A poll released Tuesday showed Prime Minister Benjamin Netanyahu’s Likud party slipping slightly and the left-wing Labor party rising, and predicted a potential hypothetical majority for a coalition of the premier’s rivals.
The Channel 13 poll was conducted two days before parties must submit their finalized electoral slates and 49 days before the March 23 elections.
Previous surveys have generally predicted political deadlock after the election, with no party having a clear path to assembling a majority coalition.
Labor for weeks had been predicted to fall below the electoral threshold and fail to make it into the Knesset, but the party has been rising in the polls since MK Merav Michaeli won in its leadership primary last week.
According to Tuesday’s poll, Likud was projected to win 29 seats, down three from Channel 13’s previous survey.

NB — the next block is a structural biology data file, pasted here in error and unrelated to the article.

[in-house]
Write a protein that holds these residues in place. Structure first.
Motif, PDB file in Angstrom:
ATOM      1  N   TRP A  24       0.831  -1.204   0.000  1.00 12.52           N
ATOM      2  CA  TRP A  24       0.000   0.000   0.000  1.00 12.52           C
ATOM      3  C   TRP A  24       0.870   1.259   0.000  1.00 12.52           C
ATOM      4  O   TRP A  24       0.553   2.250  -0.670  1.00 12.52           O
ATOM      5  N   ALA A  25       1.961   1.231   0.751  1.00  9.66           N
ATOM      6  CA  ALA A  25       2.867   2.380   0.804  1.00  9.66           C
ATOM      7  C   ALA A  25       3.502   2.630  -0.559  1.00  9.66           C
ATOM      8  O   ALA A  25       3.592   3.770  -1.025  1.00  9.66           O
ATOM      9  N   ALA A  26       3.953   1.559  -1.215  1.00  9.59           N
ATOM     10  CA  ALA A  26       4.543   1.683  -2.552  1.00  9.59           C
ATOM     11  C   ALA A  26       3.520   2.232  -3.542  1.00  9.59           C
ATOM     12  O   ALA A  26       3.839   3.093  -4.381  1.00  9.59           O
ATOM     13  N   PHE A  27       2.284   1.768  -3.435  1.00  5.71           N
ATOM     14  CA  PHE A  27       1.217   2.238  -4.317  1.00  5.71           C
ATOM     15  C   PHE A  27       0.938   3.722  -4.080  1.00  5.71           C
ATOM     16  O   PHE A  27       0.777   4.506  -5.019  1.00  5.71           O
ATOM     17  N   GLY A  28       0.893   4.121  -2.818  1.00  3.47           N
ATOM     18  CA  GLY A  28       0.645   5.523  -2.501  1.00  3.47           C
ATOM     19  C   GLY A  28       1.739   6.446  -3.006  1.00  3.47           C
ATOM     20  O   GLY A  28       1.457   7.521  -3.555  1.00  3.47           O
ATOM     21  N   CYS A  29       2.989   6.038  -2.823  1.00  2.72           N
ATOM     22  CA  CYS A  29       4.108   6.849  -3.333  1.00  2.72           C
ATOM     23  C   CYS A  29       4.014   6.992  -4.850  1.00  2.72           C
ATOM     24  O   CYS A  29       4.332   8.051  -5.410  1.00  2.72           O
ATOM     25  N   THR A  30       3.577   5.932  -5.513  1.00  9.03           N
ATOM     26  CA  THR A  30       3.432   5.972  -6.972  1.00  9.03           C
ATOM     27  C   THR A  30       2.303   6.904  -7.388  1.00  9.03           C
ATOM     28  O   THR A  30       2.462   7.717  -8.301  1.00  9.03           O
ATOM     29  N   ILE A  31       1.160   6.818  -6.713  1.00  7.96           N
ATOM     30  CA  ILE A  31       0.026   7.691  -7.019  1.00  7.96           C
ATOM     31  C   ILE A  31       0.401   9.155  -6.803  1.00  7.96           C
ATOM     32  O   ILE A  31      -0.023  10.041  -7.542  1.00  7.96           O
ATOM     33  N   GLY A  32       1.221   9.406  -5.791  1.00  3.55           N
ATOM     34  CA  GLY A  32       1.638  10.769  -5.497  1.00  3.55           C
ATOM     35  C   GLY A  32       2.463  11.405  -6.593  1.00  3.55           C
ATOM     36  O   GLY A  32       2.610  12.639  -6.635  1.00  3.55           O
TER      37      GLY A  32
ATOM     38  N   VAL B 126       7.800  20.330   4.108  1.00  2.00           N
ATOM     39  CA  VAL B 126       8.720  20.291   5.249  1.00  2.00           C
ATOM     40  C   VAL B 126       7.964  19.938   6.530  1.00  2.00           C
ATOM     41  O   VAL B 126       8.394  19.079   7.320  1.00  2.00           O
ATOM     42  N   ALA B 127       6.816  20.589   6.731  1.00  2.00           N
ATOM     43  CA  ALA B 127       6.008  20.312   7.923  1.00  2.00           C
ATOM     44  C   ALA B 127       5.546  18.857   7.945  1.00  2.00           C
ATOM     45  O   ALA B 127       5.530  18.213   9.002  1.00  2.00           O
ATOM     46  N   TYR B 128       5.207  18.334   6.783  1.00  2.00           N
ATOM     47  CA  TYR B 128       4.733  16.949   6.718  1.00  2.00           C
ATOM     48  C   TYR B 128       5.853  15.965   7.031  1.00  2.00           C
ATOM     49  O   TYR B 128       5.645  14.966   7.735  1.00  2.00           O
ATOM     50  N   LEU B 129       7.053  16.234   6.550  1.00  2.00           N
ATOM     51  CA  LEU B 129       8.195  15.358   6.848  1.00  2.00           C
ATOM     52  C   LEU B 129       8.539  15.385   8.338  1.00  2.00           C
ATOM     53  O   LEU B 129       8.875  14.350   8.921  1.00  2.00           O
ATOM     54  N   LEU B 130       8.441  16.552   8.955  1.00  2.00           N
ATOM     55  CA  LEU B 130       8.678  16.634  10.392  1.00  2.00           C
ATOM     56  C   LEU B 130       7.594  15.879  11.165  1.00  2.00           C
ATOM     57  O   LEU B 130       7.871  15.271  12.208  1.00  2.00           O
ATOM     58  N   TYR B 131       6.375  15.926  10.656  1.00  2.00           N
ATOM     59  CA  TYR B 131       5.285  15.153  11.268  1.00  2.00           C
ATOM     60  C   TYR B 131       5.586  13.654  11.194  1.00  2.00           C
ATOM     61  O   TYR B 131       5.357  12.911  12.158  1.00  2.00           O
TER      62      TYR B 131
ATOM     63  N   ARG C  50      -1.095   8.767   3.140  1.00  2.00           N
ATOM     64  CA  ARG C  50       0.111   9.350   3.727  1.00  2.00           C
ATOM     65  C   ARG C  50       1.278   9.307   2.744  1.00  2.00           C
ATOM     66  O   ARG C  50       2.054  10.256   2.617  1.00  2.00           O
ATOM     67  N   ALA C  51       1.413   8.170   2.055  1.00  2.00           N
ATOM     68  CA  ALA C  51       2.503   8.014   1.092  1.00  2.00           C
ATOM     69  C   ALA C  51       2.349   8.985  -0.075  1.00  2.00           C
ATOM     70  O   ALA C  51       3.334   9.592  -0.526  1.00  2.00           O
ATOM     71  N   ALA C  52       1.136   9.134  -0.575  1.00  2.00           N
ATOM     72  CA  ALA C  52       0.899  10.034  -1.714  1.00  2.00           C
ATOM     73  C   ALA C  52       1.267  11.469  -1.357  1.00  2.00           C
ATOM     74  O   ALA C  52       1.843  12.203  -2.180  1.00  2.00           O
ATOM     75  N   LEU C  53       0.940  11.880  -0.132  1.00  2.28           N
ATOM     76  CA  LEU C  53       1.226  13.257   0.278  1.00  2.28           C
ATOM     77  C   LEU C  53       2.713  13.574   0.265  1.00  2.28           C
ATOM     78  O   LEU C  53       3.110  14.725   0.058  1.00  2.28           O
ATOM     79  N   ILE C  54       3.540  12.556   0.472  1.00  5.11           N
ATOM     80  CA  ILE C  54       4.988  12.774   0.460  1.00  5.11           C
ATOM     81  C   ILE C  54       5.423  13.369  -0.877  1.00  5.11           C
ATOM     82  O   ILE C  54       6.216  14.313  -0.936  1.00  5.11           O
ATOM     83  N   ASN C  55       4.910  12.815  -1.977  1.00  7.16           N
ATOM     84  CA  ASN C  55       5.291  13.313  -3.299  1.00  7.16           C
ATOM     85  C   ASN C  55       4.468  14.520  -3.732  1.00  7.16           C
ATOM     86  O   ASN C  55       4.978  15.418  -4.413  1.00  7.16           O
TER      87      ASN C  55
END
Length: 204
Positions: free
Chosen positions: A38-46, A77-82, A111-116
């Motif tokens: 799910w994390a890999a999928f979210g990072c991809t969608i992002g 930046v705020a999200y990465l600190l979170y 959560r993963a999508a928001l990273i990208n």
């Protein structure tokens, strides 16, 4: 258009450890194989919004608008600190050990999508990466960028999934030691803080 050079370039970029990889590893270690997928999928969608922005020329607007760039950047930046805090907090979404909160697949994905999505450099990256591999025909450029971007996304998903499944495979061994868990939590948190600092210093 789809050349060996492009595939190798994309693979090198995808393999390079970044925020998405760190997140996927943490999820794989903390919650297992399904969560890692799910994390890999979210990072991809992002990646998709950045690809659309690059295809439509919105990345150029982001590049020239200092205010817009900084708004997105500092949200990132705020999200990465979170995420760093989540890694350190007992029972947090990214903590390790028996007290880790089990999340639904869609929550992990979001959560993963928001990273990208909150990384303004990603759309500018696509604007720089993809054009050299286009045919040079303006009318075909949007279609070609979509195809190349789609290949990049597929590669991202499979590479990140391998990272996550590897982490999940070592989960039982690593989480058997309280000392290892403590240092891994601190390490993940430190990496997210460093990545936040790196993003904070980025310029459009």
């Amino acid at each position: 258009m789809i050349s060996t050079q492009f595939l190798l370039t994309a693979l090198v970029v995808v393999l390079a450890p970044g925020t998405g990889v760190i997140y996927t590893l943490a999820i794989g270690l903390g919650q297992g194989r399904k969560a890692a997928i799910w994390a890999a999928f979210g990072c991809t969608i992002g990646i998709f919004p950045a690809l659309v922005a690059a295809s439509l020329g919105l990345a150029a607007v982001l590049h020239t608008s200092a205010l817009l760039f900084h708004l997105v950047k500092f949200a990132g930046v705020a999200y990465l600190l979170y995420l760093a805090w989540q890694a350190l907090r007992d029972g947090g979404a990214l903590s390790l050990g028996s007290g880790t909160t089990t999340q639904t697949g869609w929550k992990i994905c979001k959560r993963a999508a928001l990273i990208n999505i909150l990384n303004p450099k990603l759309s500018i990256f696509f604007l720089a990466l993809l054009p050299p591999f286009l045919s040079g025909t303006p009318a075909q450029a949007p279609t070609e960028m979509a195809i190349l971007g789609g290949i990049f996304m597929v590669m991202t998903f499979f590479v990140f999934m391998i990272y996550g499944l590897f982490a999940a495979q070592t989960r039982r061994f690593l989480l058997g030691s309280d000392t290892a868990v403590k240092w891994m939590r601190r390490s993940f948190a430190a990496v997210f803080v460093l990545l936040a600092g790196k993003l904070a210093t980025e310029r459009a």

The center-left Yesh Atid and right-wing New Hope were neck-and-neck with 16 seats apiece; nationalist Yamina and the Arab-majority Joint List both picked up 10 seats; Labor climbed to eight seats; ultra-Orthodox United Torah Judaism picked up eight; ultra-Orthodox Shas and right-wing Yisrael Beytenu, seven seats each; Meretz, five; and Blue and White hovered near the electoral threshold with four seats.
Ron Huldai’s The Israelis, Ofer Shelah’s Tnufah, far-right parties led by Betzalel Smotrich and Itamar Ben-Gvir and Yaron Zelekha’s New Economics all failed to cross the threshold. Moshe Ya’alon said Monday that he and his Telem party were quitting politics, after the faction repeatedly polled beneath the electoral threshold.